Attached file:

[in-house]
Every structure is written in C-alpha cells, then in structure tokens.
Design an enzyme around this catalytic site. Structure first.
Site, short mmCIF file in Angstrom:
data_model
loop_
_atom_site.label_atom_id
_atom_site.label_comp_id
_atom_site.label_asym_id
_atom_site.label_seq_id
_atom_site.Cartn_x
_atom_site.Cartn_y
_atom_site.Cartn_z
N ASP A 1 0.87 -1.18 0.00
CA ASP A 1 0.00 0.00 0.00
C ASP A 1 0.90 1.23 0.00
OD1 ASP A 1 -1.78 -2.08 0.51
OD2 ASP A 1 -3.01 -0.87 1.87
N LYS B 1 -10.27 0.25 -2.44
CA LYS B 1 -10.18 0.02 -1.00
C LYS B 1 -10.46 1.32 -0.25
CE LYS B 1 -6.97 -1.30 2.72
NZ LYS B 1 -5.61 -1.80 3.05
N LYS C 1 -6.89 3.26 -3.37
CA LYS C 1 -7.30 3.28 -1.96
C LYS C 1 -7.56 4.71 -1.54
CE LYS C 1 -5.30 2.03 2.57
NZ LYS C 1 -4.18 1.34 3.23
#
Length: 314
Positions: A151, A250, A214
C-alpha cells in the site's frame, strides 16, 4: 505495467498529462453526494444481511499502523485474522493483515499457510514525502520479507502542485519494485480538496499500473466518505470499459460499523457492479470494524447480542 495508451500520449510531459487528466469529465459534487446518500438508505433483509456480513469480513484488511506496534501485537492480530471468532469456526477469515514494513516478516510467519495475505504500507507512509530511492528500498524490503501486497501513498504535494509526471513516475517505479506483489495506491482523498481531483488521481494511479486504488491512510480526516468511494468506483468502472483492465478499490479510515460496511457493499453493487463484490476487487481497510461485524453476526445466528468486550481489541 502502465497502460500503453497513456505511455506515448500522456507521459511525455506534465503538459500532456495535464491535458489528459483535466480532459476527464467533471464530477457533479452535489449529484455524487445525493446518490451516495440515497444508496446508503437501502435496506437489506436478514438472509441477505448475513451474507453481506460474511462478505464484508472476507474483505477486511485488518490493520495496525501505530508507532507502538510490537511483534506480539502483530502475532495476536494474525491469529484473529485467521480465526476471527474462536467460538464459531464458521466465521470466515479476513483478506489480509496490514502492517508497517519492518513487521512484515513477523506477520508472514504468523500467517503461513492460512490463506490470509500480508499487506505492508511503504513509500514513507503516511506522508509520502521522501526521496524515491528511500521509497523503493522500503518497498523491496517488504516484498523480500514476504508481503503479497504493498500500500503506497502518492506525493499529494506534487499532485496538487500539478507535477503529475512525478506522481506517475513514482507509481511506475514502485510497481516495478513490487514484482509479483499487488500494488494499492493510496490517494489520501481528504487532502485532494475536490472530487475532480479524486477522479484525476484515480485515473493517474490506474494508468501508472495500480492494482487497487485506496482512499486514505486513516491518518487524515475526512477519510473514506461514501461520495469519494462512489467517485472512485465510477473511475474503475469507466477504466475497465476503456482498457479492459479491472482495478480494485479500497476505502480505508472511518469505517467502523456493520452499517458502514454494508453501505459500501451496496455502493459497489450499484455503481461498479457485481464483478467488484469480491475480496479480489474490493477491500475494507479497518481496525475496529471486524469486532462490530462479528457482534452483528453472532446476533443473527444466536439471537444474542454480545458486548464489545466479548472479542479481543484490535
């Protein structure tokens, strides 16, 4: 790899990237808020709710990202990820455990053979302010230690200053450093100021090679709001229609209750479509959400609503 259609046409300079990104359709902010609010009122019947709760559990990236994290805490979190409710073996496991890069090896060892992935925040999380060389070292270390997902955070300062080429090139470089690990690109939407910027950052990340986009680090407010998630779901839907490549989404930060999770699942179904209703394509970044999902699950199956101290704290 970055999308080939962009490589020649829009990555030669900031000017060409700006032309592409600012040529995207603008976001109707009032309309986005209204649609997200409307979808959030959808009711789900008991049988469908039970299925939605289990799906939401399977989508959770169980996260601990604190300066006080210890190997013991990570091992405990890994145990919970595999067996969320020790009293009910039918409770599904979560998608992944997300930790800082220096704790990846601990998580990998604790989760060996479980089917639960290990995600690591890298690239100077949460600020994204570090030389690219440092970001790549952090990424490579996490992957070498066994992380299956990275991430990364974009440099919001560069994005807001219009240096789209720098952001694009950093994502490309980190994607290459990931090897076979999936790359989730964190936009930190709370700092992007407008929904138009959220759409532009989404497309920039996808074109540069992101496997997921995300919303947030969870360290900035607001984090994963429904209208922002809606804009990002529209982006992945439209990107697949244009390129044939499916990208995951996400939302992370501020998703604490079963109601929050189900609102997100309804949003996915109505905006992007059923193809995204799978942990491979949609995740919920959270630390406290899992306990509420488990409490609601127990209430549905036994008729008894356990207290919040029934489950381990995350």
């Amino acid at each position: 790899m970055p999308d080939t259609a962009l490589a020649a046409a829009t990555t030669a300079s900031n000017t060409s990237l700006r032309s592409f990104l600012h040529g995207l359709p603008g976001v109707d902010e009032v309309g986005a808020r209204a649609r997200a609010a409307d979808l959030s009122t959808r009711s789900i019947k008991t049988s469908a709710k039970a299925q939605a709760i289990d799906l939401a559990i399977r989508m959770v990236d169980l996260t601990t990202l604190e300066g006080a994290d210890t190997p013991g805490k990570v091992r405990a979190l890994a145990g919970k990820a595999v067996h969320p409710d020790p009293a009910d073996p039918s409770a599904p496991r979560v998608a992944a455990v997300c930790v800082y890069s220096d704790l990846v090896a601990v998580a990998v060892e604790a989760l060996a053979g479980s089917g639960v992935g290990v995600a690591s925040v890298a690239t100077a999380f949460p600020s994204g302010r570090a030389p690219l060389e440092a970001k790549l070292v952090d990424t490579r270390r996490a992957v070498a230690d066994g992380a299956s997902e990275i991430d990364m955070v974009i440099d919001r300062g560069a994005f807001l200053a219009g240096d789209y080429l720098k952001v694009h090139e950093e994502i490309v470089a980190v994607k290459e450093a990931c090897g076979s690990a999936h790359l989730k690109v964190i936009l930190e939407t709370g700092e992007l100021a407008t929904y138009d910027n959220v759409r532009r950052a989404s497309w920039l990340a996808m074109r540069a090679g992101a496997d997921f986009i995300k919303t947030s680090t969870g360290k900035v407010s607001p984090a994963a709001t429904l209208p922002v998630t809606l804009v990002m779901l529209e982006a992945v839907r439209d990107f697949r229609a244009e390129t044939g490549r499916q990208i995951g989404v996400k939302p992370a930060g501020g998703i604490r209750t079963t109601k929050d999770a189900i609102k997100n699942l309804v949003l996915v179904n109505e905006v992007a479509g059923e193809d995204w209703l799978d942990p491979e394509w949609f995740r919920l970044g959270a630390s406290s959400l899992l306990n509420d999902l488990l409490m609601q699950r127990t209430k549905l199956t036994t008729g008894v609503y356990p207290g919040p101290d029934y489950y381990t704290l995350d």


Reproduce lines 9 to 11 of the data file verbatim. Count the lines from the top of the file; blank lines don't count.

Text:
_atom_site.label_asym_id
_atom_site.label_seq_id
_atom_site.Cartn_x